APS News

November 2019 (Volume 28, Number 10)

A Look into the Future with Augmented and Virtual Reality

By Leah Poffenberger

Millions of Americans wear some form of corrective lenses, with many opting for prescription glasses to fix a variety of vision issues. But some researchers are pushing to make glasses do even more: virtual reality and augmented vision was one of the themes of this year’s Frontiers in Optics/Laser Science meeting in Washington, DC, hosted jointly by the Optical Society and the APS Division of Laser Science (September 13-17).

Over the course of the conference, experts in virtual reality (VR) and augmented reality (AR) explored the challenges and potential of developing these technologies for a variety of practical uses in several sessions. At the opening session for the VR/AR theme, Douglas Lanman (Facebook Reality Labs), Henry Fuchs (University of North Carolina, Chapel Hill), and David Luebke (Nvidia) provided an introduction to the field. At a special event, Thad Starner (Georgia Institute of Technology), one of the longest continuous users of AR, discussed the social implications of AR and VR.

Lanman’s talk on state of the art VR systems primarily focused on meeting the optics challenges that arise when the eye interacts with a computational display that is attempting to mimic reality. Since the display is close to the wearer’s eyes and flat, the usual adjustments the eye would make to focus on objects at varying distances aren’t effective. VR researchers like Lanman are combining optics research with vision science to help the VR display and the eye work together to create a more realistic display.

“The goal with VR is to follow up on all the optics research that [started with] television to modern times and really make something that’s indistinguishable from reality,” said Lanman.

Virtual reality APS member

An APS member takes a virtual reality headset for a spin.

AR glasses, which allow the user's normal vision to be merged with images from tiny computer displays already exist, but next-generation AR glasses will have added features, like virtual personal assistants. Such features are being researched by Fuchs’ lab at UNC, including a prototype headset for shared telepresence—an AR concept that allows a user to “see” another AR user and their surroundings. This prototype is equipped with eight cameras: four capturing a user’s environment, two recording the user’s body and another two directed towards the user’s face, which are used to recreate body and facial positioning virtually. Since these cameras will collect massive amounts of data, Fuchs notes data privacy and security will play a role in how AR will be used.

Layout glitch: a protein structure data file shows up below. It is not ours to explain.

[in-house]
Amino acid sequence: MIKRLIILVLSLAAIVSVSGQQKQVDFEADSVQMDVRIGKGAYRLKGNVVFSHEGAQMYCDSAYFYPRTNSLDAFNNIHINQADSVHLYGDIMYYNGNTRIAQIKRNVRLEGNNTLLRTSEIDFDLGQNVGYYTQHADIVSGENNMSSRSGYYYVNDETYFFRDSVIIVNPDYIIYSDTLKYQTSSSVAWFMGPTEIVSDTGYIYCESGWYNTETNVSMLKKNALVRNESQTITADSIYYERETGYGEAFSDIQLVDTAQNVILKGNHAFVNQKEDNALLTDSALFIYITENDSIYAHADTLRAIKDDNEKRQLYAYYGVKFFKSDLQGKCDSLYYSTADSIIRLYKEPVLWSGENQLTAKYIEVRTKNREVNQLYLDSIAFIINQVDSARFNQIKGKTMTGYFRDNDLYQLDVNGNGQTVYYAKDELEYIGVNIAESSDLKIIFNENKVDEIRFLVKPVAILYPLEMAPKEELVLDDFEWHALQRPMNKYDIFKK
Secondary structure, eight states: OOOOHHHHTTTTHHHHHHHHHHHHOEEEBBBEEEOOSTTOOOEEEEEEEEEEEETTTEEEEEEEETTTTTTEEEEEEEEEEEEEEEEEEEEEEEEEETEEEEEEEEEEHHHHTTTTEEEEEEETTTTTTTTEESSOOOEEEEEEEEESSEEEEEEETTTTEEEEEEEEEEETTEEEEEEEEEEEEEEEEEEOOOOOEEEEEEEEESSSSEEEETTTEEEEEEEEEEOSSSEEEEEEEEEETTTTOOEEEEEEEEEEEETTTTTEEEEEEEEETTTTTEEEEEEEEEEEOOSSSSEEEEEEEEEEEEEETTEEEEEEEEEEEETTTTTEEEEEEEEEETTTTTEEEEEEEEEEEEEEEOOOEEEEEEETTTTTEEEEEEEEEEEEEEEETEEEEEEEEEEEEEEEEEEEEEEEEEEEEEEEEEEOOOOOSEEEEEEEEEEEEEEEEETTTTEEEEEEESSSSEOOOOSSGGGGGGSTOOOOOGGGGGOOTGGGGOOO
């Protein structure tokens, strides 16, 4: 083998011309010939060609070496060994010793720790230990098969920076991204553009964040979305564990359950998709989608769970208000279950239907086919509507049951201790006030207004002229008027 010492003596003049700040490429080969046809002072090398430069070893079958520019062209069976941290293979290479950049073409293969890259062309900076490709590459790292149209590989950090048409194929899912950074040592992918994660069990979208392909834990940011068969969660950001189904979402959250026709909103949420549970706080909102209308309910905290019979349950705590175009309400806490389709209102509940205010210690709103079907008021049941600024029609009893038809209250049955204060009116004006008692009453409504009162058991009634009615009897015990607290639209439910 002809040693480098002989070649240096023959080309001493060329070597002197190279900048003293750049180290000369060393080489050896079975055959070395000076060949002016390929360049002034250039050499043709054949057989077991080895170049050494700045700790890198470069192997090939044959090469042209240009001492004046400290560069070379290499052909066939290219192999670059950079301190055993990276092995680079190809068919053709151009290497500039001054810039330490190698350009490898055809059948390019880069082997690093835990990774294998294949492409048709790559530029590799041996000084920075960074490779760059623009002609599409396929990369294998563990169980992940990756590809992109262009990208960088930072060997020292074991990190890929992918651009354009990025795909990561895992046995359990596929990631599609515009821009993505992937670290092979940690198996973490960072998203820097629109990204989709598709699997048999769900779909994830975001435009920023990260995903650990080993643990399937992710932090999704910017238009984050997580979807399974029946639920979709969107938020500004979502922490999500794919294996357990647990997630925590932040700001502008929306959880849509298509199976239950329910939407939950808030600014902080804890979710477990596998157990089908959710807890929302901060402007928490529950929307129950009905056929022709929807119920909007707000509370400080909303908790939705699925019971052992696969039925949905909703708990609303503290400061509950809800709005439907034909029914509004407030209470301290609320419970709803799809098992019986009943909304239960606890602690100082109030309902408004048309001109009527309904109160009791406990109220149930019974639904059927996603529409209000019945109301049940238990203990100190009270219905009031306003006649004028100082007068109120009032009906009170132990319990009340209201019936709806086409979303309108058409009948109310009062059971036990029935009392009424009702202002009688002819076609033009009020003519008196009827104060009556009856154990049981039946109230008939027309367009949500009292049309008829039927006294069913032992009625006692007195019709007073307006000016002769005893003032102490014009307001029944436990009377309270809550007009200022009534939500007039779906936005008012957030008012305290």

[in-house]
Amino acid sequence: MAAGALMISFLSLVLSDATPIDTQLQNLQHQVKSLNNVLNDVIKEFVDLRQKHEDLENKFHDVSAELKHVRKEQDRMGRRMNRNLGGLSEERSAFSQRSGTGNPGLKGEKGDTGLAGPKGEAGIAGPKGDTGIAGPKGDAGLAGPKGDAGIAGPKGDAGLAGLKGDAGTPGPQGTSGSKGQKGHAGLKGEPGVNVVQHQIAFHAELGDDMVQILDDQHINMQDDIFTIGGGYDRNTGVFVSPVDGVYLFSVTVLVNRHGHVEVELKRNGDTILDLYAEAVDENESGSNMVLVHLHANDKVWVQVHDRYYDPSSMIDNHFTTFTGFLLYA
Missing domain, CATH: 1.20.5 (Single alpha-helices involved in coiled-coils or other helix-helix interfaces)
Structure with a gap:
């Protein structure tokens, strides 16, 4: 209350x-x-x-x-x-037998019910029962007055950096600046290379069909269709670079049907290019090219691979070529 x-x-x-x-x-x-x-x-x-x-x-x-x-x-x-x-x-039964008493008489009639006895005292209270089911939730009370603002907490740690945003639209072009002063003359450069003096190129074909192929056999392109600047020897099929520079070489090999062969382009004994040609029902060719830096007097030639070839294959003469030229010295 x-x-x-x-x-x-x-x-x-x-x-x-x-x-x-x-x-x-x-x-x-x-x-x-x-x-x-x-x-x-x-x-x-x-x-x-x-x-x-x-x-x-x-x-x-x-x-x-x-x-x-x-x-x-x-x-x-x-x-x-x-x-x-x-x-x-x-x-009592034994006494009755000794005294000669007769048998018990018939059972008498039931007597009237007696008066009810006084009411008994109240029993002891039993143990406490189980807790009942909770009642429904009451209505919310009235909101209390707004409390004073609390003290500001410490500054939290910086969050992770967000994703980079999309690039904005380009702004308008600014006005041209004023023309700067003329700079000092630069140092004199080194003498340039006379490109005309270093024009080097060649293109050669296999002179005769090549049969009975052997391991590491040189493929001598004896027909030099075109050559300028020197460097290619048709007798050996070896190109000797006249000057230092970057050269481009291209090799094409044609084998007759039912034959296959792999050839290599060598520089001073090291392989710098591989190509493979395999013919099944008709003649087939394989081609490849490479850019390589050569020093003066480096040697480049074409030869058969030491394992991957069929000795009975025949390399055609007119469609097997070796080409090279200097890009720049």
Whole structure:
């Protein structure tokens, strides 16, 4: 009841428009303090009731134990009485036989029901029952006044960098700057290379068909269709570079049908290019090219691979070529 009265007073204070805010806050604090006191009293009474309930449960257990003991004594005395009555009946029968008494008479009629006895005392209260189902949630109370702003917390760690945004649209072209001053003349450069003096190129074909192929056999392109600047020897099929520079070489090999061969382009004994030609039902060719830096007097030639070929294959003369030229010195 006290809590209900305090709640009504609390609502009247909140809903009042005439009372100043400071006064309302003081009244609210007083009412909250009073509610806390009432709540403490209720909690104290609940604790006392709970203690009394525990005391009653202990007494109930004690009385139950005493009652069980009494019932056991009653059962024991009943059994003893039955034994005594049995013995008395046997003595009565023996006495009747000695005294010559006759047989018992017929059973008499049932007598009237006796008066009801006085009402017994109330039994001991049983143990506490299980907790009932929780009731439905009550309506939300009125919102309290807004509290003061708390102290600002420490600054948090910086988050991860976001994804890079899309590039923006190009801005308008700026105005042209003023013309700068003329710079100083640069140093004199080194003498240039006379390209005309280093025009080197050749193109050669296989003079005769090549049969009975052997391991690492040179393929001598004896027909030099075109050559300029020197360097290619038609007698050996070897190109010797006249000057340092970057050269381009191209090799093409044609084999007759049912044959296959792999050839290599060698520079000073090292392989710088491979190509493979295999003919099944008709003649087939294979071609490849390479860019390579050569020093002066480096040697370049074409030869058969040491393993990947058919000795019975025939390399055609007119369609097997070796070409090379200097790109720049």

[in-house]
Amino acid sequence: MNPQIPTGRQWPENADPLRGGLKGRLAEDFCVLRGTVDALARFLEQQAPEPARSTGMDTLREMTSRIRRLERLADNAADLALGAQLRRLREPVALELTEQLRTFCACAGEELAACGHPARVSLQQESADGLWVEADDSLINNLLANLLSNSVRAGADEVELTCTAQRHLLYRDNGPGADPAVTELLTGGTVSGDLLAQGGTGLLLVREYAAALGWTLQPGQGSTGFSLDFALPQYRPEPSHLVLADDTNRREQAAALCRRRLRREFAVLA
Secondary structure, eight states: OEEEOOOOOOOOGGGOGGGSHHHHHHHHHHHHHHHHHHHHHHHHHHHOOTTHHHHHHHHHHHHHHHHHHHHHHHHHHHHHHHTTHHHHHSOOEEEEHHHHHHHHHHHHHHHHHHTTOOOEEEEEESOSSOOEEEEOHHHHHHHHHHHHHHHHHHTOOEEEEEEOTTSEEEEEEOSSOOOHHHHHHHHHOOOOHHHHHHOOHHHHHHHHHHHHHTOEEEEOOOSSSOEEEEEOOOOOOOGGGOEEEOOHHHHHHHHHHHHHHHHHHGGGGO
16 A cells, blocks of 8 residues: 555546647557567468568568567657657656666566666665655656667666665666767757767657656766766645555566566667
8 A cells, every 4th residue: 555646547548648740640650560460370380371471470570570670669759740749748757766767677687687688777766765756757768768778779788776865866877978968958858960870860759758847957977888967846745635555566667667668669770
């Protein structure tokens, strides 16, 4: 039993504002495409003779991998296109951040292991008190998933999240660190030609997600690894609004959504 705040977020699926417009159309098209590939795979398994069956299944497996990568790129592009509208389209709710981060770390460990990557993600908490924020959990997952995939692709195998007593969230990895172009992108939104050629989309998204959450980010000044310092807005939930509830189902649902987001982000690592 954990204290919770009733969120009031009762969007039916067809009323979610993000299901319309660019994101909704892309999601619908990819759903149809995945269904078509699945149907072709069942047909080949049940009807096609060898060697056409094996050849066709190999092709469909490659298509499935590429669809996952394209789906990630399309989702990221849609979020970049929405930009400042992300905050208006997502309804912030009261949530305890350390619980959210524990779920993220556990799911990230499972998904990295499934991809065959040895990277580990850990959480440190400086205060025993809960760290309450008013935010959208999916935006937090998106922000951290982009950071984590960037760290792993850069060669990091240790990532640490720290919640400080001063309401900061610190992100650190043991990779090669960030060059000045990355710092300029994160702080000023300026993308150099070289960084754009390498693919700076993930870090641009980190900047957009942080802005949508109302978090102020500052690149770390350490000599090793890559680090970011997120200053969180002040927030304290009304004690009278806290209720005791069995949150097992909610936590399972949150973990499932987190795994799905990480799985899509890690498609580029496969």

Luebke addressed some technical challenges to AR development, some of which overlap with VR, but others are unique to the challenge of melding views of reality and synthetic objects. To create a satisfying AR experience, Luebke says that headsets must have high enough resolution—enough to read a newspaper at arms-length—and embed information spatially into the real world. Novel optics design is necessary to further develop AR, but the potential uses of AR make it worth the challenge.

“We can create an inclusive AR display that supports user needs, such as [vision] disorders, prescriptions, and eye conditions,” says Luebke. “Myopia is an epidemic, and AR might be able to help.”

In his later talk, Starner discussed many of the applications for the current generation of AR displays, along with the social impacts of wearable devices. As a long-time AR display user, Starner has experienced the transition of AR glasses from bulky, odd-looking headsets to nearly indistinguishable from normal glasses. AR, he says, allows for microtransactions (like checking the time, directions, or a text message) to take less time than checking a smartphone, and therefore wearers will be less distracted by their technology. He also described practical uses for AR, from laptop replacements for doctors, allowing more face-to-face interaction with patients, to real-time captioning for the hard of hearing.

“With technology, misuse is always a risk, but AR can cut down on the amount of time we spend looking down at phones, spending time in the digital space,” says Starner. “Any tech can be used for good or bad—[we] try to encourage the good.”

For more on the Frontiers in Optics/Laser Science meeting, visit frontiersinoptics.com.

©1995 - 2019, AMERICAN PHYSICAL SOCIETY
APS encourages the redistribution of the materials included in this newspaper provided that attribution to the source is noted and the materials are not truncated or changed.

Editor: David Voss
Staff Science Writer: Leah Poffenberger
Contributing Correspondent: Alaina G. Levine
Publication Designer and Production: Nancy Bennett-Karasik

November 2019 (Volume 28, Number 10)

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Articles in this Issue
2019 Nobel Prize in Physics
2019 Nobel Prize in Chemistry
A Look into the Future with Augmented and Virtual Reality
Science as a Laughing Matter
The Topical Group on Data Science
Here Be Dragons...
Students and Mentors in the National Mentoring Community
Outreach
Education and Diversity News
This Month in Physics History
Office of Government Affairs
FYI: Science Policy News from AIP
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